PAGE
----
But, there is a clear indication that Top 10 ranked pages are hosted on the www subdomain.
Even if this correlation could look like a ranking factor, my belief based on the data is it is only a correlation and not a definitive ranking factor. The fact that many companies publish their respective core business on the www domain leads me to this conclusion.
Chart: Percentage of www. Subdomains per Page 1 Ranking Position (1 to 10)
Because Baidu prefers a clear user focus per website and per subdomain, my advice is this: If an independent domain is chosen for the Chinese market, the core business should be placed on the www subdomain (e.g. www.mychinesedomain.com), while further user intent (blog, forum, Q&A, etc.) should be catered to and hosted on different subdomains.
If, on the other hand, a subdomain strategy for internationalization is already in use, such as cn.mydomain.com, I would architect the website to split user intent in this way cn.mydomain.com/forum/, as this is the next best way to achieve clear structural separation from the subdomain.
But this starts to get a little philosophical and I’m sure other people would see things differently, let me know what you think in the comments below.
A Few (Unsurprising) Insights into Website Content
It won’t be a surprise to Sinophiles and anyone paying close attention to the digital landscape in China that more than 98% of top-ranking pages work with Simplified Chinese Characters.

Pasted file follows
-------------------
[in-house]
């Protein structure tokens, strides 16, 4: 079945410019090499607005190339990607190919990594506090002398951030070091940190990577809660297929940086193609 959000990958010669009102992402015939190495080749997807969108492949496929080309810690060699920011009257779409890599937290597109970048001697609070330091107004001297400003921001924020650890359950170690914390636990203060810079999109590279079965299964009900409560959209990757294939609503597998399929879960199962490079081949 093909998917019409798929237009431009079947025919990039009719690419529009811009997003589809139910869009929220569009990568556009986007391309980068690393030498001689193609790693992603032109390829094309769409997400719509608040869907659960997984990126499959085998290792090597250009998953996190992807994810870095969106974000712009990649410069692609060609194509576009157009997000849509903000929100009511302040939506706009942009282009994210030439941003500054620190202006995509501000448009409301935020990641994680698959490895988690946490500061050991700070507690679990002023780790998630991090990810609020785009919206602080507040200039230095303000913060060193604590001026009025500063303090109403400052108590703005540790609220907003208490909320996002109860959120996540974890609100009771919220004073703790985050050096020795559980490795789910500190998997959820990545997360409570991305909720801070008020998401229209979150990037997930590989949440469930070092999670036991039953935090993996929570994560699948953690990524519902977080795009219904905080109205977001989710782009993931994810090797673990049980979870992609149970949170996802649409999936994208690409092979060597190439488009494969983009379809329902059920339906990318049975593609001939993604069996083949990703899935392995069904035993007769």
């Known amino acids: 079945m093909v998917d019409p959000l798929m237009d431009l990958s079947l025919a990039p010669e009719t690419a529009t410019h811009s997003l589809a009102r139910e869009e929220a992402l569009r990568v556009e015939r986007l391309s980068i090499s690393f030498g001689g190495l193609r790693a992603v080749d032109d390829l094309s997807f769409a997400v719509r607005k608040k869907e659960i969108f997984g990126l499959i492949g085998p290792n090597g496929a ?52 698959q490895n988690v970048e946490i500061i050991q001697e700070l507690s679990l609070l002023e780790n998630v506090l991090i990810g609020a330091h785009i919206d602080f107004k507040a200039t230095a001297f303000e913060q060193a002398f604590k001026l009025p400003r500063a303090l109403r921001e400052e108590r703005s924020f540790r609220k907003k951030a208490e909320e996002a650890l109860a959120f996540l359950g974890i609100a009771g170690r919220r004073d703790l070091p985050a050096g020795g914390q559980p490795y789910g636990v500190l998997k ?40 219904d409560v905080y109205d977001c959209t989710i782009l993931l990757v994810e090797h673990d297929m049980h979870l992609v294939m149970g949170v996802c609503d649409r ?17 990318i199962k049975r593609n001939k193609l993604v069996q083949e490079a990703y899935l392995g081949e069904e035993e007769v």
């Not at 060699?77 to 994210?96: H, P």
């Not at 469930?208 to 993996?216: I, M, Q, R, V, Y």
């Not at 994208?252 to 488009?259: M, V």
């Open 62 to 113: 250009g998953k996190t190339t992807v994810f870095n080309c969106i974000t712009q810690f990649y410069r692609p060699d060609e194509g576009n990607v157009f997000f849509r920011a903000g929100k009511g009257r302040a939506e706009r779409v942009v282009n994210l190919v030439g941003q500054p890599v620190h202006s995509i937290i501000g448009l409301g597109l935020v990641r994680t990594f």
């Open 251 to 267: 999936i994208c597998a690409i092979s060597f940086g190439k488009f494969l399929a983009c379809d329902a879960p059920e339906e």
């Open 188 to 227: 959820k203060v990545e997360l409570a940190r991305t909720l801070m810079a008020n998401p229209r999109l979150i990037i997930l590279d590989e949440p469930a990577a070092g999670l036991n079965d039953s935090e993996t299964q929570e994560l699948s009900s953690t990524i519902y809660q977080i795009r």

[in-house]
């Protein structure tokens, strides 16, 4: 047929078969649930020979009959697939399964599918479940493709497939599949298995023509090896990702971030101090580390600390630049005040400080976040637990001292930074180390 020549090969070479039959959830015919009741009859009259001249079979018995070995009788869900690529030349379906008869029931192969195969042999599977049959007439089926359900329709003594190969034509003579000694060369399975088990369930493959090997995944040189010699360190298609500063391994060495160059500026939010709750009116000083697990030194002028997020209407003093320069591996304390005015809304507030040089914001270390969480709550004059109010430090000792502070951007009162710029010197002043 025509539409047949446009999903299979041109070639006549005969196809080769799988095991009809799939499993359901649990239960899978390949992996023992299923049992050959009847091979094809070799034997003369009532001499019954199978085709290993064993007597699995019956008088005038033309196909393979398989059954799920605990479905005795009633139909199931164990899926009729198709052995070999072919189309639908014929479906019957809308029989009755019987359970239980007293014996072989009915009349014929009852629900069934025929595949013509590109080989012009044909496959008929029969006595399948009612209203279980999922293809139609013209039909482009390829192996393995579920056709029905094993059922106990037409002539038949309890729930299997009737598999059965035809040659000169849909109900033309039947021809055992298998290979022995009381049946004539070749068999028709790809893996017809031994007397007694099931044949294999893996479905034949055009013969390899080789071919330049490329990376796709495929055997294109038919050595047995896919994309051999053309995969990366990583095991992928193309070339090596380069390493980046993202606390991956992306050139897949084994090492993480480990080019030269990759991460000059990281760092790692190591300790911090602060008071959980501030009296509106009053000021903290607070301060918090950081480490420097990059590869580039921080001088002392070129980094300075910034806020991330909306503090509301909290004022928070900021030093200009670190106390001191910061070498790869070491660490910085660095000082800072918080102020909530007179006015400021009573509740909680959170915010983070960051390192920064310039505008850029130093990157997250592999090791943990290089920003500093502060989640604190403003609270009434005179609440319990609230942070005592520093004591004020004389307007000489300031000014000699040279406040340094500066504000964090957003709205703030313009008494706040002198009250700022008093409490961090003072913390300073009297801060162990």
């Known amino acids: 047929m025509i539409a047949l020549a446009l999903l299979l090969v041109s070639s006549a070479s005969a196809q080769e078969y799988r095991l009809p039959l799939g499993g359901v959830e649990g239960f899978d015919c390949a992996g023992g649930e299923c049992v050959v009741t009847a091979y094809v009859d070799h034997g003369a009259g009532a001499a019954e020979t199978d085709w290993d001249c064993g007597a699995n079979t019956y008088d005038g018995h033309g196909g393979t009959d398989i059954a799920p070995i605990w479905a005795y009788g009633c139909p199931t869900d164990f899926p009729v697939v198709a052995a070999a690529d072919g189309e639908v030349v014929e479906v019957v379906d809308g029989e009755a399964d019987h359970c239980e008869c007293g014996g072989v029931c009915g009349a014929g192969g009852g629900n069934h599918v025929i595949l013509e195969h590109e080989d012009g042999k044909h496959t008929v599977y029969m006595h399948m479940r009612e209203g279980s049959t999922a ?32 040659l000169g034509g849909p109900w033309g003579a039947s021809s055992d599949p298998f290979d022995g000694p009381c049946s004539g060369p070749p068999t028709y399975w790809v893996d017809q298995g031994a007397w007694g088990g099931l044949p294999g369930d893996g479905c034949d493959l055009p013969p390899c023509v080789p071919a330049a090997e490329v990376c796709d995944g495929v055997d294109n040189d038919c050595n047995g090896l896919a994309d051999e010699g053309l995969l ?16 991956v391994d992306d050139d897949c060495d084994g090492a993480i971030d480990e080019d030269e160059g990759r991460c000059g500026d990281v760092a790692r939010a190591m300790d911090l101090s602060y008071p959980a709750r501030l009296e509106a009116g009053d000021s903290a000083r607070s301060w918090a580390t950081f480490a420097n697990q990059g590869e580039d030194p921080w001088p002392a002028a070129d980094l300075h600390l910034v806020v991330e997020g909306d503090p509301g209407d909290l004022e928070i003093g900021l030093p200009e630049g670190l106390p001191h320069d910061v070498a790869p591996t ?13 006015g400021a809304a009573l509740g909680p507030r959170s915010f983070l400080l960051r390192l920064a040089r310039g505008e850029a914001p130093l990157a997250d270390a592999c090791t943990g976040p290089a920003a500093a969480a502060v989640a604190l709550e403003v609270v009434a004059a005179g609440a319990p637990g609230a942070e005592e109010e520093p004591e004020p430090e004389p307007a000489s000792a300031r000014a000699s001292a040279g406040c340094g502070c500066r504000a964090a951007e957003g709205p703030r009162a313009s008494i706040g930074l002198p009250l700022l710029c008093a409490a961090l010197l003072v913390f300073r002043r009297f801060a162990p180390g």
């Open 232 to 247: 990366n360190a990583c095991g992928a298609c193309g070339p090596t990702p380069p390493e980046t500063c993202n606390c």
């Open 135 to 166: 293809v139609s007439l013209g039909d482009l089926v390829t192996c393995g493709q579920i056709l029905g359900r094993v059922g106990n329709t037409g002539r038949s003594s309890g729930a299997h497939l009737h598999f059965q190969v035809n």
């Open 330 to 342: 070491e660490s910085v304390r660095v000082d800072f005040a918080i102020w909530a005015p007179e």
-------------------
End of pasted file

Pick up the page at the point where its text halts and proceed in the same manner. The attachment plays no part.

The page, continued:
Traditional Chinese Characters are primarily used in Hong Kong and Taiwan and, as the data shows, using too many Traditional Chinese Characters probably reduces your chances of success in Baidu search results.
Going a little deeper, page content, in general, is made up of 57% Chinese Characters (the remaining 43% is made up of Latin letters, numbers, punctuation marks and spaces) and ranks for search terms that consist of 100% Chinese characters.
Chart: Percentage of Chinese characters in the total content of the page on average per Page 1 Ranking Position (1 to 10)
Chart: Percentage of Simplified Chinese characters in Page 1 Ranking Position (1 to 10)
Title Tags and Descriptions
Many of you working in SEO have been waiting for an answer to this! Finally, here it is:
The Baidu SERP Snippet Title is up to 32 characters long and Meta Description in the snippet up to 75 characters.
Index Snippets Explained
In this image, Chinese characters are represented by the small squares.
The title displayed in the SERP is limited to 32 characters. However, most websites average a 22 to 23-character length (represented by the blue squares) therefore don’t use the full 32 characters available (remaining spaces are the gray squares).
The meta description contains up to 75 characters in the SERP snippet (dark gray squares), whereas the meta description used in the source code is, on average, much longer (represented by the red squares in the image above).
Keeping the title shorter than the actual space available but having meta descriptions that are about 23 characters longer than what the snippet makes visible seems to be common practice according to the data analyzed.
For Top 10 Ranked pages, 22.55 characters is average Title Tag length and 98.18 characters is the average Meta Description length.
An Invitation to Download the Study, on Us
The full study, which is currently free to download (our complements), provides much more information that not only reveals interesting insights but also gives you the confidence to start implementing changes on your website to improve your results in Baidu.
A few more interesting findings you can discover:
- 99% of all Top 10 Ranked Pages refer to a Chinese social media channel
- Top 10 Ranked Pages have an average length of 3,194 characters, with the top pages having the most characters of all
- Top 10 Ranked pages contain on average 28 images (<img>) with 60% of them use the alt attribute
- 17.6% of the pages use on average 8 tables (<table>)
- 88.7% of the pages use on average 10 unsorted lists (<ul>) with only 7.9% use on average 2 sorted lists (<ol>)